The Top 10 New Species of 2016 have been announced by scientists, with a giant Galapagos tortoise, a very ugly anglerfish and an early human all chosen as being some of the best discoveries of the last year. Researchers at the SUNY College of Environmental Science and Forestry (ESF) in the US narrowed down the top 10 from the 18,000 species discovered over the last 12 months.

ESF president Quentin Wheeler said: "In the past half-century we have come to recognise that species are going extinct at an alarming rate. It is time that we accelerate species exploration, too. Knowledge of what species exist, where they live and what they do will help mitigate the biodiversity crisis and archive evidence of the life on our planet that does disappear in the wild."

He said the rate at which species are discovered is the same as before WWII, so species are going extinct at largely the same rate as they are found. "We can only win this race to explore biodiversity if we pick up pace. In so doing we gather irreplaceable evidence of our origins, discover clues to more efficient and sustainable ways to meet human needs, and arm ourselves with fundamental knowledge essential for widescale conservation success," he said.

Giant Galapagos tortoise

A new species of giant Galapagos tortoise, Chelonoidis donfaustoi, was discovered after researchers noticed small differences between populations of eastern and western tortoises. It had been thought this was just down to genetic variation, but analysis of genetic and morphological data showed the eastern population – consisting of just 250 individuals – was in fact a separate species.

Chelonoidis donfaustoi
Chelonoidis donfaustoi Washington Tapia

Human ancestor Homo naledi

Homo naledi – a newly discovered species of the genus Homo – was discovered in South Africa with 1,550 fossils from at least 15 different individuals. While the species is yet to be dated, it is thought to have lived around two million years ago. The species had anatomical features of both Australopithecus and other Homo species – the latter of which modern humans are part of.

Homo naledi
Homo naledi John Hawks, Wits University

Ugly anglerfish

The ugly anglerfish Lasiognathus dinema was discovered in the Gulf of Mexico during an assessment of damage caused by the Deepwater Horizon oil spill by the NOAA. Anglerfish are known for the appendage sticking out of the top of their heads. This structure, called the esca, is used by some anglerfish to produce light to attract prey.

Lasiognathus dinema
Lasiognathus dinema Theodore W. Pietsch, University of Washington

Laia the little ape

A new species of ape that lived 11.6 million years ago was discovered in a landfill in Spain through fossil fragments. The species, Pliobates cataloniae, also nicknamed Laia, provides an insight into the origins of apes, gibbons and humans, having existed before the lineages split. The species would have been around 43cm in height and weighed between four and five kilograms.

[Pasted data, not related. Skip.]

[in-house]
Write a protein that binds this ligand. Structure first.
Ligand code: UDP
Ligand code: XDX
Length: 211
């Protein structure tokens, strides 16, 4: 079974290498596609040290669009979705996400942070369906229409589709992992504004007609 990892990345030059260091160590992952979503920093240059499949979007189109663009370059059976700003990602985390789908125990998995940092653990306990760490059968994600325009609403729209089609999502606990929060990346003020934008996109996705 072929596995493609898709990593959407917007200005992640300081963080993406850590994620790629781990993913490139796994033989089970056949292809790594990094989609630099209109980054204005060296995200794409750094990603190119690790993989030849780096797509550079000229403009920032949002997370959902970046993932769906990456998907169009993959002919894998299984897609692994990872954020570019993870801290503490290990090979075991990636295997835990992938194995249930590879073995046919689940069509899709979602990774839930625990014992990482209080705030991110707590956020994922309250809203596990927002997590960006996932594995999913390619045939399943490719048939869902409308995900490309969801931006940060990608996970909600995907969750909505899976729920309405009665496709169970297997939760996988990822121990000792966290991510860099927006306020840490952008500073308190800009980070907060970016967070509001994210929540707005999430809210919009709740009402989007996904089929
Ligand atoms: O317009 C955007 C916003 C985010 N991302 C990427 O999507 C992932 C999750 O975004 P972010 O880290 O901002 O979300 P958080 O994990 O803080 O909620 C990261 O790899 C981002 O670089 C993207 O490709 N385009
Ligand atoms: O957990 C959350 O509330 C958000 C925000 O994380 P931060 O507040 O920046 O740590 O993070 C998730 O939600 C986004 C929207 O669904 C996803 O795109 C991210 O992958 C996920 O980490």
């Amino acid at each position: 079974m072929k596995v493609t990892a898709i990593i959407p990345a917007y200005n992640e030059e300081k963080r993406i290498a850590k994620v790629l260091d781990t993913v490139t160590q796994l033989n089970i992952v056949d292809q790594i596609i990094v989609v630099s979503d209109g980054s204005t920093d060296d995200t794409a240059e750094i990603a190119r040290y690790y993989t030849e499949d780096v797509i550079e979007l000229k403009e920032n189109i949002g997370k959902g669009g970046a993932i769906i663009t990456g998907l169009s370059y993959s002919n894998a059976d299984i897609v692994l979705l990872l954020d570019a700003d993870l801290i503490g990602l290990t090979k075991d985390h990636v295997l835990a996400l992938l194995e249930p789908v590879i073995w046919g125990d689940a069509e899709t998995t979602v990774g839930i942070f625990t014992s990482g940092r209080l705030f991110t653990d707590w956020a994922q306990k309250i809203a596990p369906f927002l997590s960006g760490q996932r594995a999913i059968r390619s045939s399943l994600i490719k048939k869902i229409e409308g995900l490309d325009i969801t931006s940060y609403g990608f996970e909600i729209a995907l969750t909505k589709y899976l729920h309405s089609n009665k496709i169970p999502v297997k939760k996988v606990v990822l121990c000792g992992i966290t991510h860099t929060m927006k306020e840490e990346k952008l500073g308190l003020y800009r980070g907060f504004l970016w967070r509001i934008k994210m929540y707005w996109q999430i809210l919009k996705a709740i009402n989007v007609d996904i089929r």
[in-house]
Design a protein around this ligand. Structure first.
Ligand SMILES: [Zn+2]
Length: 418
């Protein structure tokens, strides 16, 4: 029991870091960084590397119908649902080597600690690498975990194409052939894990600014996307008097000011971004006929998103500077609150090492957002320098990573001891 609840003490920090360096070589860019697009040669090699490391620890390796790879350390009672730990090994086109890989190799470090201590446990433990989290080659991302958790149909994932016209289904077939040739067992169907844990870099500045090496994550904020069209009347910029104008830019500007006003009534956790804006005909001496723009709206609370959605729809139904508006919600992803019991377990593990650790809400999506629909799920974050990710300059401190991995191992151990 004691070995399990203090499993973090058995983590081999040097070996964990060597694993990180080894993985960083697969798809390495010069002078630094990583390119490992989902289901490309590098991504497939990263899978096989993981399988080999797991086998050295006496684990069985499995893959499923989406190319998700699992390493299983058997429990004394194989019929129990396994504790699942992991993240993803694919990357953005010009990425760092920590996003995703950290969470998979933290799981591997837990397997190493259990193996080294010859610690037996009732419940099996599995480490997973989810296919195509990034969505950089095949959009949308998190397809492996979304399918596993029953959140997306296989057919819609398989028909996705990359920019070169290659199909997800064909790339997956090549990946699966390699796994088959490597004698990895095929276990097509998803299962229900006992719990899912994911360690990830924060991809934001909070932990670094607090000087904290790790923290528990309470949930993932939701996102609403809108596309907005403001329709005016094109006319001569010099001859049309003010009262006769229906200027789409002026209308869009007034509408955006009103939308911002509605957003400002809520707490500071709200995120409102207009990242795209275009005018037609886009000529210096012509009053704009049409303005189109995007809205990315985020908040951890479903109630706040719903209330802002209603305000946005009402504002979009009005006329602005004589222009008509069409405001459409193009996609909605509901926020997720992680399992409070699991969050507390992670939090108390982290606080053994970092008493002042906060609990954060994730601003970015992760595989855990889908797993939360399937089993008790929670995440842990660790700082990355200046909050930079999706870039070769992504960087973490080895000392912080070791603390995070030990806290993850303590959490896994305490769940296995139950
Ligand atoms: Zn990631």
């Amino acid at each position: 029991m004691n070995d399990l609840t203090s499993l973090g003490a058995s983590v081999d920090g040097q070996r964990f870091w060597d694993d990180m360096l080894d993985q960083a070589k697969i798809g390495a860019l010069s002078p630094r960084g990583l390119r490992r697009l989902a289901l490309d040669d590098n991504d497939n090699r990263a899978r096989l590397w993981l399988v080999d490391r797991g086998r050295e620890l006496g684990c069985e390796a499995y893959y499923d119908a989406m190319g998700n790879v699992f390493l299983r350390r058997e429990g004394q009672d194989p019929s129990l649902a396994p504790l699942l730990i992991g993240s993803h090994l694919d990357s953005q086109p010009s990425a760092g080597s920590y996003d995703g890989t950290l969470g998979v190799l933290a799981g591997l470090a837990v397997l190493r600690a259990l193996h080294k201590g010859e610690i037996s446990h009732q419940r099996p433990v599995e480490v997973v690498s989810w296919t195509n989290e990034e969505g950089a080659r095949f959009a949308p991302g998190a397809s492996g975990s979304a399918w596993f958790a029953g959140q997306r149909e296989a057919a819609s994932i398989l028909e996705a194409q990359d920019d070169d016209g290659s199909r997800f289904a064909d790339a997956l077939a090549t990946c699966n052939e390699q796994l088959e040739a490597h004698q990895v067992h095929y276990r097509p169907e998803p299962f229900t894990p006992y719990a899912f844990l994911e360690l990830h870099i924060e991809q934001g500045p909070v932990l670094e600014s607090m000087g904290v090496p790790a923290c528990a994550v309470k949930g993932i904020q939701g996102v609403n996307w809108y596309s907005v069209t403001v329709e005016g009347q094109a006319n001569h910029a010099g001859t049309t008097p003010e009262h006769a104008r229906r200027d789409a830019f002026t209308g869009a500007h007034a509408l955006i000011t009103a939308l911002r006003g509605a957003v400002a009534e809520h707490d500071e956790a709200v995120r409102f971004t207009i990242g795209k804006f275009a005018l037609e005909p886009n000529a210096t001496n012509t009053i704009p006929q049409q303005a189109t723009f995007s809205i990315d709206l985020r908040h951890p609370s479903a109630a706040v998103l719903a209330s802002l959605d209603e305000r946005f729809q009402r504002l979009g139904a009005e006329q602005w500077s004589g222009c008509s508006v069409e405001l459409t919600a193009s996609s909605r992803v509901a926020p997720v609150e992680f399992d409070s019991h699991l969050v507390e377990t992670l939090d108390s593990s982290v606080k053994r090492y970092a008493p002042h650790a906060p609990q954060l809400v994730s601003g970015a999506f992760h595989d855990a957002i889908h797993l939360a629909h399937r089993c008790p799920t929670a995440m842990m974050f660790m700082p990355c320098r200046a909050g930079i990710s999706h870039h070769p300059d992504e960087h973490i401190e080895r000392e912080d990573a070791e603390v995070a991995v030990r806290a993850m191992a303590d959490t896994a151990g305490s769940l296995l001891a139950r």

Pliobates catalonia
Pliobates catalonia Modified from David Alba et al 215, Science, vol 350, aab2625, Fig 3

Carnivorous giant sundew

Drosera magnifica is a species of giant sundew and is believed to be the first case of a new plant being discovered through Facebook. The plant is large, growing up to 123cm, and traps its insect prey by secreting a thick mucus on the surface of its leaves. The species is considered to be critically endangered, it being found only at the summit of one mountain in Brazil.

Drosera magnifica
Drosera magnifica Paulo M. Gonella

House-building Isopod

The isopod – a crustacean that lives in water on land – Iuiuniscus iuiuensis was discovered in Brazil and is the only species of its family to build shelters from mud. The 9mm-long blind, multilegged and unpigmented creature was found in a single cave building spherical shelters where it moults its exoskeleton – during which it is particularly vulnerable to predators.

Iuiuniscus iuiuensis
Iuiuniscus iuiuensis Souza, Ferreira & Senna

Ruby-red seadragon

A ruby-red seadragon called Phyllopteryx dewysea was discovered in Australia. Measuring almost 10 inches (24cm) in length, the species is a dark shade of red with pink vertical bars and markings on its snout. It is only the third species of seadragon known to science.

Phyllopteryx dewysea
Phyllopteryx dewysea Josefin Stiller, Nerida Wilson and Greg Rouse

Paddington Bear beetle

A tiny beetle named after Paddington Bear – Phytotelmatrichis osopaddington – was discovered in Peru living in the pools of water that accumulate in the hollows of plants. Measuring just a millimetre in length, they are mostly found on the forest floor, feeding on decomposing materials and living in the pools of water that accumulate in the leaf rolls of specific plants.

Phytotelmatrichis osopaddington
Phytotelmatrichis osopaddington Michael Darby

Rock-and-roll damselfly

The Umma gumma damselfly discovered in Gabon is named after the Pink Floyd 1969 album Ummagumma. It was one of 60 new damselfly species named over the last 12 months, most of which were so colourful and distinctive they could be identified as a new species through photographs alone.

Umma gumma
Umma gumma Jens Kipping

Flowering tree hiding in plain sight

A species of flowing tree was identified in Gabon just a few metres from the main road in the Monts de Cristal National Park. Scientists believe the species, Sirdavidia solannona, was overlooked in previous inventories because of its relatively small height: it stands at around 6m high and 10cm in diameter. Its closest relative is found almost 1,900 miles away in Tanzania.

Sirdavidia solannona
Sirdavidia solannona Thomas Couvreur